Submerged Prehistoric Archaeology on the Atlantic Continental Shelf
Author(s): Ashley Lemke
This is an abstract from the "Advances in Global Submerged Paleolandscapes Research" session, at the 86th annual meeting of the Society for American Archaeology.
Given the last two million years of global fluctuations in climate and ocean levels, submerged landscapes are arguably the most important zone for addressing questions concerning human evolution and migration and are unique for their potential to preserve extraordinary evidence of prehistoric peoples. A discovery off the coast of North Carolina on the Atlantic continental shelf offers an exceptional new research locality, with a rock outcrop, mammoth bones, and a likely paleo-river channel preserved in 80 feet of water, 25 miles offshore. This raw material source may provide connections to Paleoindian sites on the mainland, and a locus of raw material, big game, and fresh water provides an ideal setting for prehistoric archaeological sites. Results from preliminary fieldwork are presented from the area around this discovery which offers an ideal laboratory for linking submerged landscapes to terrestrial ones and for methods development for prehistoric underwater archaeological research.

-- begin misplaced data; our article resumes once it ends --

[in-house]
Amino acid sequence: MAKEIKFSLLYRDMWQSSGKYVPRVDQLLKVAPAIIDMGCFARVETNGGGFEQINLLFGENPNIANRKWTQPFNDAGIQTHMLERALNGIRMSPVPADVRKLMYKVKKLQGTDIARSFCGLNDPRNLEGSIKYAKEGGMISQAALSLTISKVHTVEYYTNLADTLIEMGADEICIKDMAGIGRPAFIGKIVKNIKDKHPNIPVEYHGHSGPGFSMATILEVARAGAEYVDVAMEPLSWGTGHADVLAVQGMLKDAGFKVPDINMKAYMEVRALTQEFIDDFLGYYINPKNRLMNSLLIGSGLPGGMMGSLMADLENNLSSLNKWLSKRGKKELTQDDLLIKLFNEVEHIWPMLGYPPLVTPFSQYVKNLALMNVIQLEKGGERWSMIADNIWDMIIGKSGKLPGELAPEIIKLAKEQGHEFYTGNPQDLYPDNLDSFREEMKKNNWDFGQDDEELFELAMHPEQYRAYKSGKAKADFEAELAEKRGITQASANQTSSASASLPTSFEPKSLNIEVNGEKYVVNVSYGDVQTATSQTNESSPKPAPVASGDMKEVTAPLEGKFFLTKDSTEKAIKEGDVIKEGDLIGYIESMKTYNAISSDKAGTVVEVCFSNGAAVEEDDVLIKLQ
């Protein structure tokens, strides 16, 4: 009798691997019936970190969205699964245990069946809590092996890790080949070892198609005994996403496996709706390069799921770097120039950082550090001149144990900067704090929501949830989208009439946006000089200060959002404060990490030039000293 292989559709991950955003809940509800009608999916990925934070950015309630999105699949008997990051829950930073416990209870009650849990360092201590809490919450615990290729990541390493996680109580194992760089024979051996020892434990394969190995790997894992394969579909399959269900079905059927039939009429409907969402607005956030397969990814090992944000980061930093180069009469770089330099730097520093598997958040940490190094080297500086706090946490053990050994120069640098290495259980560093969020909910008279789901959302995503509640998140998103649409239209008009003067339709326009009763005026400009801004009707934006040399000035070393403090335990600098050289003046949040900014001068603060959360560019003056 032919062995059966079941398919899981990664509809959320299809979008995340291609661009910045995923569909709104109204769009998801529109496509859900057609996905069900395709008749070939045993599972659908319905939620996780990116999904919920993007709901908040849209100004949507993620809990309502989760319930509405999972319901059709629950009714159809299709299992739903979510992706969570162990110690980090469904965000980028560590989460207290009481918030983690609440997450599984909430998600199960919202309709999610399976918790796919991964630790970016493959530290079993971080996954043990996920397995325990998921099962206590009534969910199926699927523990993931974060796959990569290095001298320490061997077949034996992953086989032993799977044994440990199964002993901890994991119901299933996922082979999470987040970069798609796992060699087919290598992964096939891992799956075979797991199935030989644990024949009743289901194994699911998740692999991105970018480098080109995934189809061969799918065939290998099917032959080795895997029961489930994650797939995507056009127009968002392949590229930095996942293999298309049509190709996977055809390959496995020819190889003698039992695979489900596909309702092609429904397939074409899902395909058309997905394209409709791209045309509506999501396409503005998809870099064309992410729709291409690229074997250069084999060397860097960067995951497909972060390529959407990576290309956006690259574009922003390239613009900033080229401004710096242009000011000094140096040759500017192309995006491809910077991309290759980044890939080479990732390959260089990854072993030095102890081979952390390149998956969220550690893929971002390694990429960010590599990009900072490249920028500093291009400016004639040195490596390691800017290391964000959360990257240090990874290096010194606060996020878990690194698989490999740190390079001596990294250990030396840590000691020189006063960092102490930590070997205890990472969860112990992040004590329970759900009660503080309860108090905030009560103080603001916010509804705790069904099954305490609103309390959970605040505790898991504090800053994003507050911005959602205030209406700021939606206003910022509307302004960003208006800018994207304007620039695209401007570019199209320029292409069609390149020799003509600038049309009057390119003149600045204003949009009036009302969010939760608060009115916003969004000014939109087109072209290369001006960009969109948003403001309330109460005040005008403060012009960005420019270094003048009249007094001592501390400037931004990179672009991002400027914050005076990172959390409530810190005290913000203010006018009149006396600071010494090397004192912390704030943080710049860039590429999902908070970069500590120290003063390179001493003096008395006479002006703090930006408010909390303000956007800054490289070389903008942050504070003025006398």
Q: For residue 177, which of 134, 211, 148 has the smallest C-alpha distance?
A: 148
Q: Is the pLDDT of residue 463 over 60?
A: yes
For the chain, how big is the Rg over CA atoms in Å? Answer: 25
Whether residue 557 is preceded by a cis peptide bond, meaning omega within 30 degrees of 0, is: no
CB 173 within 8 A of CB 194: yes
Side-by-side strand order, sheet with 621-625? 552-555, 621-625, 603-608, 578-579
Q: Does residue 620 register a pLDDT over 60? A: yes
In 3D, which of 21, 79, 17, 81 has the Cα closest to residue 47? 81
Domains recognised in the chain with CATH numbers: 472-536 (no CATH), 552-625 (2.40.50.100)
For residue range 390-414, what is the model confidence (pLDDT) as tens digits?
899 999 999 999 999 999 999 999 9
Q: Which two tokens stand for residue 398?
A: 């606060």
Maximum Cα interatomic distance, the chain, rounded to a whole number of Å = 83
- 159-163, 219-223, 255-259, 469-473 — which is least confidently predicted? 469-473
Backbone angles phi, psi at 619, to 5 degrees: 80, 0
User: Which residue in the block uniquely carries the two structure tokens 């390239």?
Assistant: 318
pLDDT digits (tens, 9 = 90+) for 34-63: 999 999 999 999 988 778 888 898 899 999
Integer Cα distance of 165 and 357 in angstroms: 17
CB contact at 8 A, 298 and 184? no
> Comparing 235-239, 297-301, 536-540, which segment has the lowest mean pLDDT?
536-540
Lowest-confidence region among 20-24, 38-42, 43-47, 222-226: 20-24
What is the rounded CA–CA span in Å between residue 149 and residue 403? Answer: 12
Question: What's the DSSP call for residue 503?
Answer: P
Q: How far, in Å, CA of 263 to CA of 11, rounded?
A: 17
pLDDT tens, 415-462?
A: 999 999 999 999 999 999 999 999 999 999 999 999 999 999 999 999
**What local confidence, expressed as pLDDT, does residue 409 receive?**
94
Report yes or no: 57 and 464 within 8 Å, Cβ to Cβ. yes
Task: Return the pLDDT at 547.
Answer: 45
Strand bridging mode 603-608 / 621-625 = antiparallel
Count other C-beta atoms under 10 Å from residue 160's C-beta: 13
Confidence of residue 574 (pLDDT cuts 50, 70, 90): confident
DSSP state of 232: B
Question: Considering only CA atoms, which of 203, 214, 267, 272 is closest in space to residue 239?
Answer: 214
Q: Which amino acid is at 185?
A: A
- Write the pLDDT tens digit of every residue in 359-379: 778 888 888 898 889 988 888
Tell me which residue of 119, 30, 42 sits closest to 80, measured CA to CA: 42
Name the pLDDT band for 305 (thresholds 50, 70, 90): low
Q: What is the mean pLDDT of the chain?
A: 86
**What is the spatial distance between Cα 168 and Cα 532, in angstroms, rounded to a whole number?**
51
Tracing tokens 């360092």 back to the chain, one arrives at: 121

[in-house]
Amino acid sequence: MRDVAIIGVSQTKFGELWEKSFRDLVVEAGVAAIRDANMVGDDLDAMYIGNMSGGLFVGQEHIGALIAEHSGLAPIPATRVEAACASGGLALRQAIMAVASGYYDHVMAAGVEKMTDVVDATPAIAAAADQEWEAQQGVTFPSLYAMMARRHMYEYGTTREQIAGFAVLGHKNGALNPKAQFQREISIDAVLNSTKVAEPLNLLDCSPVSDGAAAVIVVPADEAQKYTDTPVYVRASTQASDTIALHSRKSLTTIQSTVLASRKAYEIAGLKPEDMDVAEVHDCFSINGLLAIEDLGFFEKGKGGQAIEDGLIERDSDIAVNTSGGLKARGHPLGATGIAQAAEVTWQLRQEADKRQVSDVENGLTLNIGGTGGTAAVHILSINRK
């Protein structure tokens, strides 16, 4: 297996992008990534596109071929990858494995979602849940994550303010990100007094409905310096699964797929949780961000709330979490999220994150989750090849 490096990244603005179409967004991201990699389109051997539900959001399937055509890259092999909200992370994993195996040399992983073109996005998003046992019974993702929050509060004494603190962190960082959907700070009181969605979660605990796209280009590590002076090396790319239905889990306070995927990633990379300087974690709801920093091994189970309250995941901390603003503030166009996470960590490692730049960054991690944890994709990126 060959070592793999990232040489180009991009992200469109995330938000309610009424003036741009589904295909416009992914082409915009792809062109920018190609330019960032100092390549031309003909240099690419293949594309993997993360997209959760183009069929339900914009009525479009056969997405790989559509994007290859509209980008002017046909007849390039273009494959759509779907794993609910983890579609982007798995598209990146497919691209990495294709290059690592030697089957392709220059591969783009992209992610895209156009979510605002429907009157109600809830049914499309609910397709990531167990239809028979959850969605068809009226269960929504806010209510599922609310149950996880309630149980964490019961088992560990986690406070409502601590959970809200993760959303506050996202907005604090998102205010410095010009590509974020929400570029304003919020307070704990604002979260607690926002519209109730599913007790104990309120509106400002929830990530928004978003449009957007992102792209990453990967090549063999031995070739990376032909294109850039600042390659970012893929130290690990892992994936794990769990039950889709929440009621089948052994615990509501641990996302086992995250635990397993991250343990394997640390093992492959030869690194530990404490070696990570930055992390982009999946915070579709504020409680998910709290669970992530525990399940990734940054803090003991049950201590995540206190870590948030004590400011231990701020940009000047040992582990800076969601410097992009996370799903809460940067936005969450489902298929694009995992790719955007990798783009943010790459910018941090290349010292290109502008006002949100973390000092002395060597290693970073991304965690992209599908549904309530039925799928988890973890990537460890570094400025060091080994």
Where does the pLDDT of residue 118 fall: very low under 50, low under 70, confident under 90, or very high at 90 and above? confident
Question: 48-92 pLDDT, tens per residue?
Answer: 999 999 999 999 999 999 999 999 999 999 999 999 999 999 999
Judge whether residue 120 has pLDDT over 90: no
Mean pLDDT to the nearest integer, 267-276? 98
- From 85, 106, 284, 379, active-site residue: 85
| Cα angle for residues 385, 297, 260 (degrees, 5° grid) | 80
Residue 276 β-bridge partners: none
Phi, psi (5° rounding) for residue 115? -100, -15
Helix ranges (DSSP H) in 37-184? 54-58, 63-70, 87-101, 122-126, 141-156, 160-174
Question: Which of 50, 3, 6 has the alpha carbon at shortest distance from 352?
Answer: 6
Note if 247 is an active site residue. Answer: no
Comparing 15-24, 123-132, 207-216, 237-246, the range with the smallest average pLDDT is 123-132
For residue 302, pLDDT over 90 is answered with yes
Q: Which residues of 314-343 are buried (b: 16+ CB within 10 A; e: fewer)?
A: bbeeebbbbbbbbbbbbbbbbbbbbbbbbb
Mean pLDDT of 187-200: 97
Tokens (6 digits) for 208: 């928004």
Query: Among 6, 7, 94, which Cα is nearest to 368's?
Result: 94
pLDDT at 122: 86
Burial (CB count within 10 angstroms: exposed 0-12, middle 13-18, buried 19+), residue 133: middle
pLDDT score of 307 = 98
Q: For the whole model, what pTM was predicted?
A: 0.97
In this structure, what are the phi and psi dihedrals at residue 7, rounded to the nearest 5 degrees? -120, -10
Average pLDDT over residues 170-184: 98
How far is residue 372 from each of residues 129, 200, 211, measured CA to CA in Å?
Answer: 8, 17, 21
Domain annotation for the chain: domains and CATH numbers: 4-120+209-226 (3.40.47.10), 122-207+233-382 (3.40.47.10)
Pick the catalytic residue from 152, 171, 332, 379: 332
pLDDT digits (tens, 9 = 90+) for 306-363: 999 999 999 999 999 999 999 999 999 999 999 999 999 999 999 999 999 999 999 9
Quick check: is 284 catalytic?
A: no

Cite this Record
Submerged Prehistoric Archaeology on the Atlantic Continental Shelf. Ashley Lemke. Presented at The 86th Annual Meeting of the Society for American Archaeology. 2021 ( tDAR id: 466947)
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min long: -93.735; min lat: 24.847 ; max long: -73.389; max lat: 39.572 ;
Abstract Id(s): 32028